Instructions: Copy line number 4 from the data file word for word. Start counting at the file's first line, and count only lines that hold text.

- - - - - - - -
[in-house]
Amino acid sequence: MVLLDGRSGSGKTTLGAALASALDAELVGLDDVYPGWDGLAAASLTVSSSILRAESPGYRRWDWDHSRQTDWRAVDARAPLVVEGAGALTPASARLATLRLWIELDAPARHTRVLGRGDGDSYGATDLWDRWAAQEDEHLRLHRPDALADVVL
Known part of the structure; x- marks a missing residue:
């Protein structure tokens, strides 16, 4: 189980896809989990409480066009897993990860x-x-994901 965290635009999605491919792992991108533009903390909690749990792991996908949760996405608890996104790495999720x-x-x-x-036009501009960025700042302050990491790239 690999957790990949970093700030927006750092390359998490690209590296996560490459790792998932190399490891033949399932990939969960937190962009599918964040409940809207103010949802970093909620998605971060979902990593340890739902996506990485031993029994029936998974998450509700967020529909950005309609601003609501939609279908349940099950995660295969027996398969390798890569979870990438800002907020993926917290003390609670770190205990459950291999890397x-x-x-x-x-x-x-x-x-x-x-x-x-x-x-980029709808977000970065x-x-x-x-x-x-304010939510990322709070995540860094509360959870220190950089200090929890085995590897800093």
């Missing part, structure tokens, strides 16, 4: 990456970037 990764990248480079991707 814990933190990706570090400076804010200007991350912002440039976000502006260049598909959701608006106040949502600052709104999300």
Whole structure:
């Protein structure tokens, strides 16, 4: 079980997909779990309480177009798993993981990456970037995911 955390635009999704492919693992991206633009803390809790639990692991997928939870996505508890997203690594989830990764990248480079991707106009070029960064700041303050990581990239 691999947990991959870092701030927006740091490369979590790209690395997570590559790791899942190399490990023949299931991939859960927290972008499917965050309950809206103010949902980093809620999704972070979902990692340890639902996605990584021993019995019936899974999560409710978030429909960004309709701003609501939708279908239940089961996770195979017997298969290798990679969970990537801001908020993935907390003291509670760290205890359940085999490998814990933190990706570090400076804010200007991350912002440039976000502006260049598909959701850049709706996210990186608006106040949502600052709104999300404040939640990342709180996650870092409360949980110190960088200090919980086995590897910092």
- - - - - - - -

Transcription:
């Protein structure tokens, strides 16, 4: 189980896809989990409480066009897993990860x-x-994901 965290635009999605491919792992991108533009903390909690749990792991996908949760996405608890996104790495999720x-x-x-x-036009501009960025700042302050990491790239 690999957790990949970093700030927006750092390359998490690209590296996560490459790792998932190399490891033949399932990939969960937190962009599918964040409940809207103010949802970093909620998605971060979902990593340890739902996506990485031993029994029936998974998450509700967020529909950005309609601003609501939609279908349940099950995660295969027996398969390798890569979870990438800002907020993926917290003390609670770190205990459950291999890397x-x-x-x-x-x-x-x-x-x-x-x-x-x-x-980029709808977000970065x-x-x-x-x-x-304010939510990322709070995540860094509360959870220190950089200090929890085995590897800093």